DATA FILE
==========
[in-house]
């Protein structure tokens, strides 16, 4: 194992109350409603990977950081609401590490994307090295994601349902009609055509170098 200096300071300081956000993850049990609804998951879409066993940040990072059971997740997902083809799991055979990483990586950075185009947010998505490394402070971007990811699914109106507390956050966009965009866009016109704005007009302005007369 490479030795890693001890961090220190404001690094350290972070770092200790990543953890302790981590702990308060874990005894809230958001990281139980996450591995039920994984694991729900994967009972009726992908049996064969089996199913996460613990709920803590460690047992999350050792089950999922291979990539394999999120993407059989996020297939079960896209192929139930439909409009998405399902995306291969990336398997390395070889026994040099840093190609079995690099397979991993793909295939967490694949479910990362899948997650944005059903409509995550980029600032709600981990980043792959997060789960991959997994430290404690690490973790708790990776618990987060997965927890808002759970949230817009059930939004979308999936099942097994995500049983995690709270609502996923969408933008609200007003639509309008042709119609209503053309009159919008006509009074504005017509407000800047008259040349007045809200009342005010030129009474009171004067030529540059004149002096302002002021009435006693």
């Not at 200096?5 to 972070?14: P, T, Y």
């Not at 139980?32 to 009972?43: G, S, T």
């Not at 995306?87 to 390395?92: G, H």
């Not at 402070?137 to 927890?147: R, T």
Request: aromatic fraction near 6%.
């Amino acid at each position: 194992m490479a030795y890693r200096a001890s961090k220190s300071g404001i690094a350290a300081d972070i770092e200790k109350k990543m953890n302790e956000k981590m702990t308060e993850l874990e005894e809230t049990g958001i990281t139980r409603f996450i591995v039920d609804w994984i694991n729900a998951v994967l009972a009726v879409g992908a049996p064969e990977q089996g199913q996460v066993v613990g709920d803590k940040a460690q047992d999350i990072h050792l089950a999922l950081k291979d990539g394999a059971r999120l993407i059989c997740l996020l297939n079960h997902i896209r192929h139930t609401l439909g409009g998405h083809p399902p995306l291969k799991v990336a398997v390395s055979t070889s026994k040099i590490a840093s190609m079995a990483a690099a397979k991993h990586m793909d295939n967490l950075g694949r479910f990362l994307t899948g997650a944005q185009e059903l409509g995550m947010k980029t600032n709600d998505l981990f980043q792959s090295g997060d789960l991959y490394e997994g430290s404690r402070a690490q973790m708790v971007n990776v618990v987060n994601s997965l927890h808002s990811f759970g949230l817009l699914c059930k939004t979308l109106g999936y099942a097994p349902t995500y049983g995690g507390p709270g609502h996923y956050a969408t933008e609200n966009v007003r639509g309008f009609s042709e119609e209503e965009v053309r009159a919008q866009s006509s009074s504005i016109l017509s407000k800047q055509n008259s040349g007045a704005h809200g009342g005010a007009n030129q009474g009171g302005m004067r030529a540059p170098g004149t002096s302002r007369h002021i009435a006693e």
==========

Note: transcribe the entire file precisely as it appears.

[in-house]
């Protein structure tokens, strides 16, 4: 194992109350409603990977950081609401590490994307090295994601349902009609055509170098 200096300071300081956000993850049990609804998951879409066993940040990072059971997740997902083809799991055979990483990586950075185009947010998505490394402070971007990811699914109106507390956050966009965009866009016109704005007009302005007369 490479030795890693001890961090220190404001690094350290972070770092200790990543953890302790981590702990308060874990005894809230958001990281139980996450591995039920994984694991729900994967009972009726992908049996064969089996199913996460613990709920803590460690047992999350050792089950999922291979990539394999999120993407059989996020297939079960896209192929139930439909409009998405399902995306291969990336398997390395070889026994040099840093190609079995690099397979991993793909295939967490694949479910990362899948997650944005059903409509995550980029600032709600981990980043792959997060789960991959997994430290404690690490973790708790990776618990987060997965927890808002759970949230817009059930939004979308999936099942097994995500049983995690709270609502996923969408933008609200007003639509309008042709119609209503053309009159919008006509009074504005017509407000800047008259040349007045809200009342005010030129009474009171004067030529540059004149002096302002002021009435006693």
């Not at 200096?5 to 972070?14: P, T, Y």
């Not at 139980?32 to 009972?43: G, S, T």
């Not at 995306?87 to 390395?92: G, H």
């Not at 402070?137 to 927890?147: R, T």
Request: aromatic fraction near 6%.
């Amino acid at each position: 194992m490479a030795y890693r200096a001890s961090k220190s300071g404001i690094a350290a300081d972070i770092e200790k109350k990543m953890n302790e956000k981590m702990t308060e993850l874990e005894e809230t049990g958001i990281t139980r409603f996450i591995v039920d609804w994984i694991n729900a998951v994967l009972a009726v879409g992908a049996p064969e990977q089996g199913q996460v066993v613990g709920d803590k940040a460690q047992d999350i990072h050792l089950a999922l950081k291979d990539g394999a059971r999120l993407i059989c997740l996020l297939n079960h997902i896209r192929h139930t609401l439909g409009g998405h083809p399902p995306l291969k799991v990336a398997v390395s055979t070889s026994k040099i590490a840093s190609m079995a990483a690099a397979k991993h990586m793909d295939n967490l950075g694949r479910f990362l994307t899948g997650a944005q185009e059903l409509g995550m947010k980029t600032n709600d998505l981990f980043q792959s090295g997060d789960l991959y490394e997994g430290s404690r402070a690490q973790m708790v971007n990776v618990v987060n994601s997965l927890h808002s990811f759970g949230l817009l699914c059930k939004t979308l109106g999936y099942a097994p349902t995500y049983g995690g507390p709270g609502h996923y956050a969408t933008e609200n966009v007003r639509g309008f009609s042709e119609e209503e965009v053309r009159a919008q866009s006509s009074s504005i016109l017509s407000k800047q055509n008259s040349g007045a704005h809200g009342g005010a007009n030129q009474g009171g302005m004067r030529a540059p170098g004149t002096s302002r007369h002021i009435a006693e």